Fashion Synopsis

For hippies, granolas, tree-huggers and earth friends, the shoe of choice for over thirty years is the Birkenstock sandal. This soft-sole sandal with the moldable footbed has been the premiere in orthopedic footwear since the 18th century, and it maintains a strong toehold over 200 years later.

The Birkenstock family of Germany created their first shoe business in 1774, and by 1897, the contoured insole would change the name of footwear forever. The specially designed insole resembled a footprint, and it would mold to the foot in a natural state. The curved insole would evenly distribute bodyweight for an orthopedically advanced support.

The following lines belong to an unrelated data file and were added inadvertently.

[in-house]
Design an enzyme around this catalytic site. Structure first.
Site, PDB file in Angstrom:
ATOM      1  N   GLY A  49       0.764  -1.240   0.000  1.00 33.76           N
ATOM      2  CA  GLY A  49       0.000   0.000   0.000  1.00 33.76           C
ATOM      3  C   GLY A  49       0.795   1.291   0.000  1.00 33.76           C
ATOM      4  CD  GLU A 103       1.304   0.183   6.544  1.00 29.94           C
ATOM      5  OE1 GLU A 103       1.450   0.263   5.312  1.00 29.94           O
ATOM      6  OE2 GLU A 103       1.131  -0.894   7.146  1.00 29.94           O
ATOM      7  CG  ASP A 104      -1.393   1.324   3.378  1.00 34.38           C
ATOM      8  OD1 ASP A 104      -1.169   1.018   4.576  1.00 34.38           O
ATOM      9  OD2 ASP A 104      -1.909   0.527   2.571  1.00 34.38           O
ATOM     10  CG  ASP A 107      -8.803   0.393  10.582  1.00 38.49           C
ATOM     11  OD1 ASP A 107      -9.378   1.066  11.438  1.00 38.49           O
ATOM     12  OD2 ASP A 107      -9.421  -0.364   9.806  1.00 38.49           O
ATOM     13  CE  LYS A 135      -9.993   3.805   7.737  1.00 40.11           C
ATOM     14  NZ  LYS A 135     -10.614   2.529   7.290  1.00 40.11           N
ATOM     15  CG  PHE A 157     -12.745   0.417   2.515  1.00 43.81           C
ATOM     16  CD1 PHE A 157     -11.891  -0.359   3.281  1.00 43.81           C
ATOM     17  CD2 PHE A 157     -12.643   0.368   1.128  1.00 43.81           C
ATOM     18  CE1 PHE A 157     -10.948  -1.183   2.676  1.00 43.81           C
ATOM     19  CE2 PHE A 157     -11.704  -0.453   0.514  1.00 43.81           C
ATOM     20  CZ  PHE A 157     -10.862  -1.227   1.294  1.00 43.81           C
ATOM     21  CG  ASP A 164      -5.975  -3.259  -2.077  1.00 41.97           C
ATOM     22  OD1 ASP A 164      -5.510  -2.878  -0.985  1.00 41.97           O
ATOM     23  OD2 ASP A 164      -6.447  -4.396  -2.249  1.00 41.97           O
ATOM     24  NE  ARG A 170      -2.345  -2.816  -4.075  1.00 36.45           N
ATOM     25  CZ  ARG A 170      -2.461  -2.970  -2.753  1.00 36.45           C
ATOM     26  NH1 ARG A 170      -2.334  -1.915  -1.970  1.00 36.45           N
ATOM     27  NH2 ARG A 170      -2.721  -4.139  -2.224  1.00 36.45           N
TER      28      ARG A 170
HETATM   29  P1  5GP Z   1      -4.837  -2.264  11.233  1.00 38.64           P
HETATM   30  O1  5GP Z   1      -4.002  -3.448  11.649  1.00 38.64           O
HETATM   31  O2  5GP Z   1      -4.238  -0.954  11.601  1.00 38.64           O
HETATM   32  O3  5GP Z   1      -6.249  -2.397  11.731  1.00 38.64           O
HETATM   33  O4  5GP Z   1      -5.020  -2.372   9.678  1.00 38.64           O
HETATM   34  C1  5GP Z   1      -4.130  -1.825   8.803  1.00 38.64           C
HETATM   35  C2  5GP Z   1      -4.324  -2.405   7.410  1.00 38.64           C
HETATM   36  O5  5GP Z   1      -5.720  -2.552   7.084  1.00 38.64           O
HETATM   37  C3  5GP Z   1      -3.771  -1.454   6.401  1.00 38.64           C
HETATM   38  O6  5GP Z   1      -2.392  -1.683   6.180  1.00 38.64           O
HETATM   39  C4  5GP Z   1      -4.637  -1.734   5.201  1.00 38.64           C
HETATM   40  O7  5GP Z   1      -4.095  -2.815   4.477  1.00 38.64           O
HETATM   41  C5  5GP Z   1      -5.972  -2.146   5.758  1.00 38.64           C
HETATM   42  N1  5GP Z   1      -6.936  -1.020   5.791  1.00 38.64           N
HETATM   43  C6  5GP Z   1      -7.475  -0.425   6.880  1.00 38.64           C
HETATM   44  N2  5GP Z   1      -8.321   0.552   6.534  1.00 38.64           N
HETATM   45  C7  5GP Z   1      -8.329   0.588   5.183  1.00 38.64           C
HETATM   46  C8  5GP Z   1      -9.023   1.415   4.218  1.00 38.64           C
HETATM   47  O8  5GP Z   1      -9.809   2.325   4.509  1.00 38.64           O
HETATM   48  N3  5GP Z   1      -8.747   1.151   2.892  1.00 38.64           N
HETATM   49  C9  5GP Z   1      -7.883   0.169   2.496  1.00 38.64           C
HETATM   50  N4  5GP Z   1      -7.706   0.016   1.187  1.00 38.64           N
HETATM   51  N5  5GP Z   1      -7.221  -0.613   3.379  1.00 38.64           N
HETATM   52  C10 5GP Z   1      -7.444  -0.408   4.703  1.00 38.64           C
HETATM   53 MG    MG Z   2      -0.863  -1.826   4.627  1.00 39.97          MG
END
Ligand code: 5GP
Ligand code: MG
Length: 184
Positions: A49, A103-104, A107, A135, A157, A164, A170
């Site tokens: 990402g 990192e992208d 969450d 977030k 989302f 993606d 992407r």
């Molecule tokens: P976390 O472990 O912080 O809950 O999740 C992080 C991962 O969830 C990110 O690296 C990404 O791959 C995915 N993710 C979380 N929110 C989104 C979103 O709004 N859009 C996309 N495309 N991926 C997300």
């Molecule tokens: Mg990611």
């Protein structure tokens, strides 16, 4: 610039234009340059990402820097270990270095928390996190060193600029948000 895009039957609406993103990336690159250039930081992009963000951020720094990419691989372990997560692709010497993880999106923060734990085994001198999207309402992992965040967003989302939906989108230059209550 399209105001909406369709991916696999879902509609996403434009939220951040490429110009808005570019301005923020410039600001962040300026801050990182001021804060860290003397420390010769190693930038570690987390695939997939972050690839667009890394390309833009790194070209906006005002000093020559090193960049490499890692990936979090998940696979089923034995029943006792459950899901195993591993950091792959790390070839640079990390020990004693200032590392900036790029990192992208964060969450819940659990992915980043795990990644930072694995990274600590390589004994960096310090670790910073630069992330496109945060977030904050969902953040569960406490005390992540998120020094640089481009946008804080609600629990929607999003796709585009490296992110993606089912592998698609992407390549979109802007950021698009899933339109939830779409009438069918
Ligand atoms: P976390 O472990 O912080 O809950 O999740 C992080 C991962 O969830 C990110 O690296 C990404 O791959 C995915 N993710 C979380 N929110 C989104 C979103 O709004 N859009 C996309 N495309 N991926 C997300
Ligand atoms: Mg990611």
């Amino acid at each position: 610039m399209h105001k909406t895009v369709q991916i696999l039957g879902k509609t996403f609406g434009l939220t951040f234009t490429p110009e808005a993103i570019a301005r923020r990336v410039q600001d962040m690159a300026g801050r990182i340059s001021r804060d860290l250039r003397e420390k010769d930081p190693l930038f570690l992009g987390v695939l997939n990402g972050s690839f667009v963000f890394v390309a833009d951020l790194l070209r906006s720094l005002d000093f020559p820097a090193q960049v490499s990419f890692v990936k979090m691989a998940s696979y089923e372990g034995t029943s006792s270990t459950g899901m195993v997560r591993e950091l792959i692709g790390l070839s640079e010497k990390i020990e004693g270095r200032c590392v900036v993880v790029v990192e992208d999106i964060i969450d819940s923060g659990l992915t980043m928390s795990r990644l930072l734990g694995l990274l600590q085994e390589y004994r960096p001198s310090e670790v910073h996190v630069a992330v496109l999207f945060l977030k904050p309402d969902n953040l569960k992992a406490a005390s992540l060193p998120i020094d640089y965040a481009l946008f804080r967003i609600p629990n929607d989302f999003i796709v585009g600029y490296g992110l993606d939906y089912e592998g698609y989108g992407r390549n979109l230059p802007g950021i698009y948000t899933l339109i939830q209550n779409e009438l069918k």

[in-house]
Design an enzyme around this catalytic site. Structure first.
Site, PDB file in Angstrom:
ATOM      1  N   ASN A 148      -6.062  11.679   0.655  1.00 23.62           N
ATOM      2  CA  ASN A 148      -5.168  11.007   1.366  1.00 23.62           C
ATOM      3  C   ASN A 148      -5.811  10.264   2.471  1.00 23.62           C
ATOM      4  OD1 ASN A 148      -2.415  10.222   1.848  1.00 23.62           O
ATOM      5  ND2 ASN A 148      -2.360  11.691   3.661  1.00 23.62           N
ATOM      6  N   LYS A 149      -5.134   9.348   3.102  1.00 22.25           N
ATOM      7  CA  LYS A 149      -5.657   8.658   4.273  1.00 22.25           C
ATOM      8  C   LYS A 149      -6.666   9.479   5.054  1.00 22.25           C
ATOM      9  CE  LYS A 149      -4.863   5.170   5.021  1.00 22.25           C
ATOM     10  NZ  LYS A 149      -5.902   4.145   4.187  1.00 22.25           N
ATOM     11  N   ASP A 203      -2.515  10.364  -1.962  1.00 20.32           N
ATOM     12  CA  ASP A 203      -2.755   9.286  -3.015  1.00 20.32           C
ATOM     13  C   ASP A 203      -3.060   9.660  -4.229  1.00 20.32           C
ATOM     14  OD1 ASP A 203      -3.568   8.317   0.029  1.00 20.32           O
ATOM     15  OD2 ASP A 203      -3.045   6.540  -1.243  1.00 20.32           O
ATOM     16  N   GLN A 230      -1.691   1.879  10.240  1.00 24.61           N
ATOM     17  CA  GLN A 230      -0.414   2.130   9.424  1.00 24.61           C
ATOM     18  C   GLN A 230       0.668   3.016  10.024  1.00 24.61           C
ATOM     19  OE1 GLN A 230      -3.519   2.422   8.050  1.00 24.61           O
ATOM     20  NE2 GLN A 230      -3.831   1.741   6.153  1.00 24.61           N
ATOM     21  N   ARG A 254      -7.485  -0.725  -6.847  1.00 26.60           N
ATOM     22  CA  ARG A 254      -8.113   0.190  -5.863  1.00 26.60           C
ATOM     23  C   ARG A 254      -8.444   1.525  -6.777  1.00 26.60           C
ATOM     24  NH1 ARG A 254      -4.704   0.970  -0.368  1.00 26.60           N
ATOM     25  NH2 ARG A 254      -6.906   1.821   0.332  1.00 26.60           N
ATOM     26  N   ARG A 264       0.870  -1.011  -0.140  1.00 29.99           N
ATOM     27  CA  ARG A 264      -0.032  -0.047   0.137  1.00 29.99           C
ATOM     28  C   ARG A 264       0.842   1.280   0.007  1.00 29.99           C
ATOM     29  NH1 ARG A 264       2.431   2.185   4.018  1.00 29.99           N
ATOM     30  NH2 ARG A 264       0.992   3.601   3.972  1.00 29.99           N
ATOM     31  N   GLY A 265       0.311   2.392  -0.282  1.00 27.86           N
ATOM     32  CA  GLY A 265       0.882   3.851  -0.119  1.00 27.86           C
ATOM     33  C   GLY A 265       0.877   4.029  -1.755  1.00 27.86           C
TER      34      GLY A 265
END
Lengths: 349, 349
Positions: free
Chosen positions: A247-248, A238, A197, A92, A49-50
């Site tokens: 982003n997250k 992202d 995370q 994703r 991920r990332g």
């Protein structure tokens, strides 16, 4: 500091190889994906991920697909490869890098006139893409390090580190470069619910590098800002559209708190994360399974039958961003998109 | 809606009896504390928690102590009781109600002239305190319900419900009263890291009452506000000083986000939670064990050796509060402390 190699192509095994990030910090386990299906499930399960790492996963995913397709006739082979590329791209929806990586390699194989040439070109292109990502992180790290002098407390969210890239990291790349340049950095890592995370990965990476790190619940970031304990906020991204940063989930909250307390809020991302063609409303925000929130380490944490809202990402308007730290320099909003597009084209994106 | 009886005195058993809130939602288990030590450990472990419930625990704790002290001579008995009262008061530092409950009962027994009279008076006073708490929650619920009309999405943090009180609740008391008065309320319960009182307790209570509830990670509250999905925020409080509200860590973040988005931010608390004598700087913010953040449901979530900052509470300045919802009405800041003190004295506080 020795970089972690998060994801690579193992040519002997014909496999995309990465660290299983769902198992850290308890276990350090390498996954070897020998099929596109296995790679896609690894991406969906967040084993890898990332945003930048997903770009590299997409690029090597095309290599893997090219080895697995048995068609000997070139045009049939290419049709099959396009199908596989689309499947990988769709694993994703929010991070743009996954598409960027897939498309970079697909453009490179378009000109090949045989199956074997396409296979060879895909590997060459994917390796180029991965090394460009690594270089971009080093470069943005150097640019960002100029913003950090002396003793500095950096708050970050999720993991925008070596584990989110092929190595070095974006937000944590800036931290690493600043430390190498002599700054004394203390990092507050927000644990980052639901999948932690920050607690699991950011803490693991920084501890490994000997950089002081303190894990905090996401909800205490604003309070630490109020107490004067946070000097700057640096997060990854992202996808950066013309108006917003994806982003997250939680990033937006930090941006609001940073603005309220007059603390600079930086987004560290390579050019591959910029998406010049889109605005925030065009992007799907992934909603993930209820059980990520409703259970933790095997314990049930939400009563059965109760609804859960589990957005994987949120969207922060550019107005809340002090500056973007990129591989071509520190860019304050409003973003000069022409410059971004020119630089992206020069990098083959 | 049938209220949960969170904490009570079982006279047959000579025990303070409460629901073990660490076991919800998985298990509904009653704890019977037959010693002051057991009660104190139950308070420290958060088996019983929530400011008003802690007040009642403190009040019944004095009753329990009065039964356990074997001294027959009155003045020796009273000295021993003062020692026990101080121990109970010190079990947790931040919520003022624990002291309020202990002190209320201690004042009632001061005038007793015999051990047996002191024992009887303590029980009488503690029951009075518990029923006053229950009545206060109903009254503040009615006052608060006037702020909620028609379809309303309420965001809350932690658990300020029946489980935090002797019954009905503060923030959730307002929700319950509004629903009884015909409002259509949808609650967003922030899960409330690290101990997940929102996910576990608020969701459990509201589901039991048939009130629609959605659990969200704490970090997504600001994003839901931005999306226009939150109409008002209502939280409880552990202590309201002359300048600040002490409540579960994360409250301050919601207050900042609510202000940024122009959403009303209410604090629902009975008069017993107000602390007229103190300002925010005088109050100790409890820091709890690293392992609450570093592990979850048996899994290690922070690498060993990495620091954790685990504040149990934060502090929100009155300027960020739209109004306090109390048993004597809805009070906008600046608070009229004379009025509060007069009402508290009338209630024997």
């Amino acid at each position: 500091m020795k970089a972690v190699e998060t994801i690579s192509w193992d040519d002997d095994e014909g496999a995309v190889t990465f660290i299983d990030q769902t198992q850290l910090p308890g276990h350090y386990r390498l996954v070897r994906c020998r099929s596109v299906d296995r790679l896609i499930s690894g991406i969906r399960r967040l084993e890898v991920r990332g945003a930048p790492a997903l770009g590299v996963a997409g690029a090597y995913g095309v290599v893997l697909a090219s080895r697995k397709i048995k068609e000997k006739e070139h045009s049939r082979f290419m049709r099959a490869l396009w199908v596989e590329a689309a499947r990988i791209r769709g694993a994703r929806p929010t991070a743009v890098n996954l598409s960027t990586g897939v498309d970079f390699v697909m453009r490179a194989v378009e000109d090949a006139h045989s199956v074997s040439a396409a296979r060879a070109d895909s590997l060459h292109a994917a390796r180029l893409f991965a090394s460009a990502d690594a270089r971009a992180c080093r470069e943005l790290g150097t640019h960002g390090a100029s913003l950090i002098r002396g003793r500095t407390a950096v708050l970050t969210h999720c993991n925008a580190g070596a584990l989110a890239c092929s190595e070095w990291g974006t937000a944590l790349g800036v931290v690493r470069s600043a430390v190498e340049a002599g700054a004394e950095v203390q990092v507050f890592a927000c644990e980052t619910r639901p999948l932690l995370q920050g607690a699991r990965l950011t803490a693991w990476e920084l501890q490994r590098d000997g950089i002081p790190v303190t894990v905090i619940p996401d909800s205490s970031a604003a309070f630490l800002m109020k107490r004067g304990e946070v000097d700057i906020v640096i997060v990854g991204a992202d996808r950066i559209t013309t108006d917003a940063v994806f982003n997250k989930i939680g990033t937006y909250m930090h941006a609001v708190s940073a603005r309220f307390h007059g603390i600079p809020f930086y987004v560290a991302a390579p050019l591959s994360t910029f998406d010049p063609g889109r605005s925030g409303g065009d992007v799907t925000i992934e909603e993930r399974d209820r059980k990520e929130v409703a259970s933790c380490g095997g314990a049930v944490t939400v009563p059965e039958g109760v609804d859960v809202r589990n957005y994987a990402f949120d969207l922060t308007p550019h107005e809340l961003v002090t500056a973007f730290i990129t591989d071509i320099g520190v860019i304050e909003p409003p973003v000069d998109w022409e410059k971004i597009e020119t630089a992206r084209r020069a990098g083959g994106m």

The Birkenstock footwear would have remained a little-known secret had it not been for Margot Frasier, a simple housewife traveling Europe in 1966. Experiencing foot fatigue and pain from her travels, someone suggested she try the local Birkenstock shoe. She did, and became such a believer in the benefits that she imported them to America. Lucky for her, the hippie movement was swinging into action, and Birkenstocks became the only shoe to wear (if they wore any at all).

Birkenstocks were a household name throughout the 70’s, lost a little of their footing in the 80’s when conspicuous consumption was the norm, then trotted back into prominence in the 90’s. They remain as popular as ever, hugging the soles of hippies, granolas, and people who just like the feel of the wind through their toes.

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